Net community production and carbon export during the late summer in the Ross Sea, Antarctica

Hans B. Dejong, Robert B. Dunbar, David A. Koweek, David A. Mucciarone, Sarah K. Bercovici, Dennis A Hansell

Research output: Contribution to journalArticle

12 Scopus citations


The phytoplankton bloom in the Ross Sea is the largest in spatial extent and one of the most productive in Antarctica, yet the fate of the summer bloom remains poorly understood. Here we present carbon system data from the first biogeochemical process cruise to be conducted in both the western and central Ross Sea during late summer (February-March 2013). Using one-dimensional carbon budgets, we found evidence for substantial positive net community production (425±204mmolCm-2d-1) during the late summer in Terra Nova Bay (TNB) of the western Ross Sea, which was rapidly exported to below 200m. In addition, seasonally integrated carbon export was higher in diatom-dominated TNB (7.3±0.9molCm-2) compared to the Phaeocystis antarctica-dominated central Ross Sea (3.4±0.8molCm-2). Substantial late summer productivity and export may be a widespread phenomenon in Antarctic coastal regions that is not accounted for in regional carbon models.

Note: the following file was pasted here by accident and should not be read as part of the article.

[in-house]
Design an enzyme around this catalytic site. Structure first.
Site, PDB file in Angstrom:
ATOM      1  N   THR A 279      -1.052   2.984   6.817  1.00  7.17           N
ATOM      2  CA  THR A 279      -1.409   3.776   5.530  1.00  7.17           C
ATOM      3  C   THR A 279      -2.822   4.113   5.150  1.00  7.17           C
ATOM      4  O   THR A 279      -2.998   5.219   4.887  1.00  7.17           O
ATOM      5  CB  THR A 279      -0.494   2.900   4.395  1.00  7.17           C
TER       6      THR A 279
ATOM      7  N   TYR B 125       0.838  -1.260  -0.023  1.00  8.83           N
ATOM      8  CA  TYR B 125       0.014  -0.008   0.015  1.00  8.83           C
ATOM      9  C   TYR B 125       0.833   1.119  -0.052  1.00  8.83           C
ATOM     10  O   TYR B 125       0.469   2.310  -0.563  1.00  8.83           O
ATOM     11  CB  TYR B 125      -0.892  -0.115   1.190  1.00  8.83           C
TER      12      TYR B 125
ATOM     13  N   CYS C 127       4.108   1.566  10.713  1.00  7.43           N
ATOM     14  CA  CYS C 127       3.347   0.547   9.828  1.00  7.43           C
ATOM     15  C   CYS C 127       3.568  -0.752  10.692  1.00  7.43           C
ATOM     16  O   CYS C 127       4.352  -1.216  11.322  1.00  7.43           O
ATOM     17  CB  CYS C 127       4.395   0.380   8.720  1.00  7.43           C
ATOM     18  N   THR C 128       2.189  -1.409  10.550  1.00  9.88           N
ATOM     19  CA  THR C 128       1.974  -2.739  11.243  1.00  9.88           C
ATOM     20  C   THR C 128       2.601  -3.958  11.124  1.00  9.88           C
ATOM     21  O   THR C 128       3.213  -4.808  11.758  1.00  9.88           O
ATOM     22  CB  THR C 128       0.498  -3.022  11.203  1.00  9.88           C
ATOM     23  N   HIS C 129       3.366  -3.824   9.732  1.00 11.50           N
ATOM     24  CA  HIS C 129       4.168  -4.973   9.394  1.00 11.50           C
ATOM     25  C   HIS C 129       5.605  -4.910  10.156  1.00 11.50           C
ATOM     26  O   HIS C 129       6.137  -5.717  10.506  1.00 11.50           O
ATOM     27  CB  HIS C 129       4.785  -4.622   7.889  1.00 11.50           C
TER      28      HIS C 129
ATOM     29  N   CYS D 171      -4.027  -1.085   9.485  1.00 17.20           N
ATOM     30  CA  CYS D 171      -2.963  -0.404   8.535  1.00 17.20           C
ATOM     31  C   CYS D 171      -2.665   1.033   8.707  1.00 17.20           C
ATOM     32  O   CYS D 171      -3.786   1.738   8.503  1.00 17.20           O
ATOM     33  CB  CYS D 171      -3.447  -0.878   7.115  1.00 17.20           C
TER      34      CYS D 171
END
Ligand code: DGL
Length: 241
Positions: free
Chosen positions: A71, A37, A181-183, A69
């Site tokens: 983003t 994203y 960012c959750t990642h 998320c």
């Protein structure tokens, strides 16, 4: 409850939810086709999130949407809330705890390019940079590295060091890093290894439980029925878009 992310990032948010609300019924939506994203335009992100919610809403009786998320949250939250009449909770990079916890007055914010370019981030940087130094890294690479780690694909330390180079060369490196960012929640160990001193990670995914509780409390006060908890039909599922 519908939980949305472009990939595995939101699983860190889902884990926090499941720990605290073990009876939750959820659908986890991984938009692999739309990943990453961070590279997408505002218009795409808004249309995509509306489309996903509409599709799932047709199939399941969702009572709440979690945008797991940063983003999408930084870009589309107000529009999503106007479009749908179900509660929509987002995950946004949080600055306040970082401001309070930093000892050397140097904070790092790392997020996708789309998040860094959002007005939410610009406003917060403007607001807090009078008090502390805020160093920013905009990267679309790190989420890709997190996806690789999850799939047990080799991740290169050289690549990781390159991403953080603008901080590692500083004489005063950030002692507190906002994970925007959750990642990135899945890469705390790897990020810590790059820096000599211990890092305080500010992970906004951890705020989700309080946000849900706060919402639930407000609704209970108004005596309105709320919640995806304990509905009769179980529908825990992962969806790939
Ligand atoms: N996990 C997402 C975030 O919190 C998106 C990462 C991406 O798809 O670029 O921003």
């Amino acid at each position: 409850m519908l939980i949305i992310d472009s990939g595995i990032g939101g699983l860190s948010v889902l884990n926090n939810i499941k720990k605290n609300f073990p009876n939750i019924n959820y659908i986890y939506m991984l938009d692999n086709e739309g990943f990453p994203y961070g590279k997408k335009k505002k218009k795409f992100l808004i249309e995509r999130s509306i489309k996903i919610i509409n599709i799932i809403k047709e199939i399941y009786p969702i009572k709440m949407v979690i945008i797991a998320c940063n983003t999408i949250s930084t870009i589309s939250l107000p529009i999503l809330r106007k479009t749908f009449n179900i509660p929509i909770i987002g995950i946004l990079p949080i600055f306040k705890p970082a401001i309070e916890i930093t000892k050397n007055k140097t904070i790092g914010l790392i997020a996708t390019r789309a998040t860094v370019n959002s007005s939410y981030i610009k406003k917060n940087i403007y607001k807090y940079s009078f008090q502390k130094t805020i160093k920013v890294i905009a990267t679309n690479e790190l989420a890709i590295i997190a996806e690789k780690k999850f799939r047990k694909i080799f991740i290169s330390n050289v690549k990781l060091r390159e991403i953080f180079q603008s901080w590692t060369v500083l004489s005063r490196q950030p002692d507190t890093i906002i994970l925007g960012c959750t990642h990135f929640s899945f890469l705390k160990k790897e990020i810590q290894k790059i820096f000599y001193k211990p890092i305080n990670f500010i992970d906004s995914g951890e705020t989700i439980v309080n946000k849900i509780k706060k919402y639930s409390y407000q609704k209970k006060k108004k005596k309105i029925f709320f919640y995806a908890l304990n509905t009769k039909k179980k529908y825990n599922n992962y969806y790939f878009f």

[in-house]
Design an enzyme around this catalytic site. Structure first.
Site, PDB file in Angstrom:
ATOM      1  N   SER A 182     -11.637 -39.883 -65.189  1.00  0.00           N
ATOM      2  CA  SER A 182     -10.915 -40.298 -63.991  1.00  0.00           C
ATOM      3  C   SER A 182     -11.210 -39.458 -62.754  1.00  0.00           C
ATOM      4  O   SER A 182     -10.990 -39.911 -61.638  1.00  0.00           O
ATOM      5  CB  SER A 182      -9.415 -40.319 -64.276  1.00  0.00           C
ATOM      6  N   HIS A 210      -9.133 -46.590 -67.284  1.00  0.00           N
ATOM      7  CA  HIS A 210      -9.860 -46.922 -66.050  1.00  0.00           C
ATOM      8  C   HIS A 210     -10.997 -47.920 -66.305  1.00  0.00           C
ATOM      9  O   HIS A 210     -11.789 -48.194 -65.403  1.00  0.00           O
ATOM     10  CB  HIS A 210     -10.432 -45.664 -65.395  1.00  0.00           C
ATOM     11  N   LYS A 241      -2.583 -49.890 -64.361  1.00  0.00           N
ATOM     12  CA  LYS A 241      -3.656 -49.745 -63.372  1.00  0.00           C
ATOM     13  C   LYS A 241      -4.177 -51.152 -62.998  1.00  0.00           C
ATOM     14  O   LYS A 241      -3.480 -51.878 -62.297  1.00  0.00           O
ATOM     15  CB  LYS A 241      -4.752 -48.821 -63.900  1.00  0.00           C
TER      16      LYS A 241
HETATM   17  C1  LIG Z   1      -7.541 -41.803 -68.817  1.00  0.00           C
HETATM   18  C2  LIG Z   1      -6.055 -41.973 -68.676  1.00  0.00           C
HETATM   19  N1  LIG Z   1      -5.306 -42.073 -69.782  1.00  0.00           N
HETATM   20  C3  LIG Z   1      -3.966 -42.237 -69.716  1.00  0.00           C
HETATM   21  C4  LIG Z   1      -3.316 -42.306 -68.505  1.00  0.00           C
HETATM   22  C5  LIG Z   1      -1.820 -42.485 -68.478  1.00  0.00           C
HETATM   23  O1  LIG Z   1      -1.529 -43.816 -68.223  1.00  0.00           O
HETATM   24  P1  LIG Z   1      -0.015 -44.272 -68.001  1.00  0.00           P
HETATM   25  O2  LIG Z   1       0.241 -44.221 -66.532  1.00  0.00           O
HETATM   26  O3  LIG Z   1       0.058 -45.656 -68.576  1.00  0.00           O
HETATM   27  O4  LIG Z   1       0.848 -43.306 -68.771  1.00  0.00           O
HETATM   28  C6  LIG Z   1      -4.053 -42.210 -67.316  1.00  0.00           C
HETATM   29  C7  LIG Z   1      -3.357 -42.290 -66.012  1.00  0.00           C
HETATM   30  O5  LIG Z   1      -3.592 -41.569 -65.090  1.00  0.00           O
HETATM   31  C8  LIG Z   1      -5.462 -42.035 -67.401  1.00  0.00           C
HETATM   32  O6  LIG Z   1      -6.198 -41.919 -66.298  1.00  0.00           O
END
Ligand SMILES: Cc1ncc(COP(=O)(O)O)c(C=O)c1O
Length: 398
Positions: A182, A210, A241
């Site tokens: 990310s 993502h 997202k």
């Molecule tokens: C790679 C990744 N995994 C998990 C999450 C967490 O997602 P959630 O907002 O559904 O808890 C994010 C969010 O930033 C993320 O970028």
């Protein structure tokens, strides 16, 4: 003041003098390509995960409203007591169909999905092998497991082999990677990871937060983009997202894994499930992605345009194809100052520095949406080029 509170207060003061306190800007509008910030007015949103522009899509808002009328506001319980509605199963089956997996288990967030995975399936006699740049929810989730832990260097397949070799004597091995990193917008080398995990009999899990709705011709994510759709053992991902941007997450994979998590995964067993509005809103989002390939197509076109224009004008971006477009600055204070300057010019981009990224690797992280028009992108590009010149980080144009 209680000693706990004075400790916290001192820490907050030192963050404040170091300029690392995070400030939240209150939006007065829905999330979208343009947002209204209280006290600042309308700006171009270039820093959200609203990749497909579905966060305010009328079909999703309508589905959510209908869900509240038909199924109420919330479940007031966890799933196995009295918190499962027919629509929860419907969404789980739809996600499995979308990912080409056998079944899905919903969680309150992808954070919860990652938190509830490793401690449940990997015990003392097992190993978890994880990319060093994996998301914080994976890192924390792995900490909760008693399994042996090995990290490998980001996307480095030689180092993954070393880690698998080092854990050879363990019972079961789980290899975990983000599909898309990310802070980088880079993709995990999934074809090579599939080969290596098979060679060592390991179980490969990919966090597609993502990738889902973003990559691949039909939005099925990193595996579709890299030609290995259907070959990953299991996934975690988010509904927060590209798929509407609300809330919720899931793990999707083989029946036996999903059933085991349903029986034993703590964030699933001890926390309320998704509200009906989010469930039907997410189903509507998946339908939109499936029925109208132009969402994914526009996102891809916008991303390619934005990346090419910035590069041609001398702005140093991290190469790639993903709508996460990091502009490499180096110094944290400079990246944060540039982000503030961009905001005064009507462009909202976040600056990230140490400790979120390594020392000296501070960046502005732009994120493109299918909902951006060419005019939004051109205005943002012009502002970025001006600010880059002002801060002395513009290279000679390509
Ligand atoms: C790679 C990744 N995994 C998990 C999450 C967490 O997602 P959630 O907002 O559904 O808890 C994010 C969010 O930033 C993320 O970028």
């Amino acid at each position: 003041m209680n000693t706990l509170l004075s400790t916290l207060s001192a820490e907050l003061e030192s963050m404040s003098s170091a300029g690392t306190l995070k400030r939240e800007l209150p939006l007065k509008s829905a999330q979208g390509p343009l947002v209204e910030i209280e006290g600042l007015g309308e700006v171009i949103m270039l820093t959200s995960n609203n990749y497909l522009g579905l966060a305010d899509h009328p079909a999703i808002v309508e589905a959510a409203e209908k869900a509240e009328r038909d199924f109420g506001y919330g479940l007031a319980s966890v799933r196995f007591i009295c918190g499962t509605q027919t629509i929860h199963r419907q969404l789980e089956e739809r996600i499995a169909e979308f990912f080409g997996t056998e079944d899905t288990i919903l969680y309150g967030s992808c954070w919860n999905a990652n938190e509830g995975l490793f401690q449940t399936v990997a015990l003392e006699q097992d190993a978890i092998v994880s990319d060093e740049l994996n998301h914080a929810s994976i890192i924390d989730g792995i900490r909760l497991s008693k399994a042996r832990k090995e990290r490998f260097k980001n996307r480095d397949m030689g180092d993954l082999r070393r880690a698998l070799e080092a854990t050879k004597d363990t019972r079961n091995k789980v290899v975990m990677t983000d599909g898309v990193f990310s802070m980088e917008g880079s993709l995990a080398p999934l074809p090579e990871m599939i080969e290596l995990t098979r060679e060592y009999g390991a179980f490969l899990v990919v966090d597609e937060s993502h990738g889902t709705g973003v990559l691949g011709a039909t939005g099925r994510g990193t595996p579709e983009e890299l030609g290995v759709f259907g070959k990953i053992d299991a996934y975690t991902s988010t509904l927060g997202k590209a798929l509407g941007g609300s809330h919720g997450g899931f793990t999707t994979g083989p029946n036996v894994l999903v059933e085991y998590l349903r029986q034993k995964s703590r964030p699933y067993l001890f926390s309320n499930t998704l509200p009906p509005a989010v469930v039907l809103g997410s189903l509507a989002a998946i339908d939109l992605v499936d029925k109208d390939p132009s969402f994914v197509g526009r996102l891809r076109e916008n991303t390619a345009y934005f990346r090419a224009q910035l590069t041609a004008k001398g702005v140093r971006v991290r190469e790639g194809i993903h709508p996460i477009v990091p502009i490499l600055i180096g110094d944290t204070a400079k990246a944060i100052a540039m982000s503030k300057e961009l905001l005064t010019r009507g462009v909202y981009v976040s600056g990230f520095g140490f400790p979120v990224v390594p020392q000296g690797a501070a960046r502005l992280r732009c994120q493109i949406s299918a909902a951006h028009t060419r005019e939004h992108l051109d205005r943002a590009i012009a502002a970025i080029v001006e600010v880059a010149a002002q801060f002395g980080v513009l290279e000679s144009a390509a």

Original languageEnglish (US)
JournalGlobal Biogeochemical Cycles
StateAccepted/In press - 2017


  • Antarctica
  • Carbon export
  • Late summer
  • Net community production
  • Ross Sea

ASJC Scopus subject areas

  • Global and Planetary Change
  • Environmental Chemistry
  • Environmental Science(all)
  • Atmospheric Science

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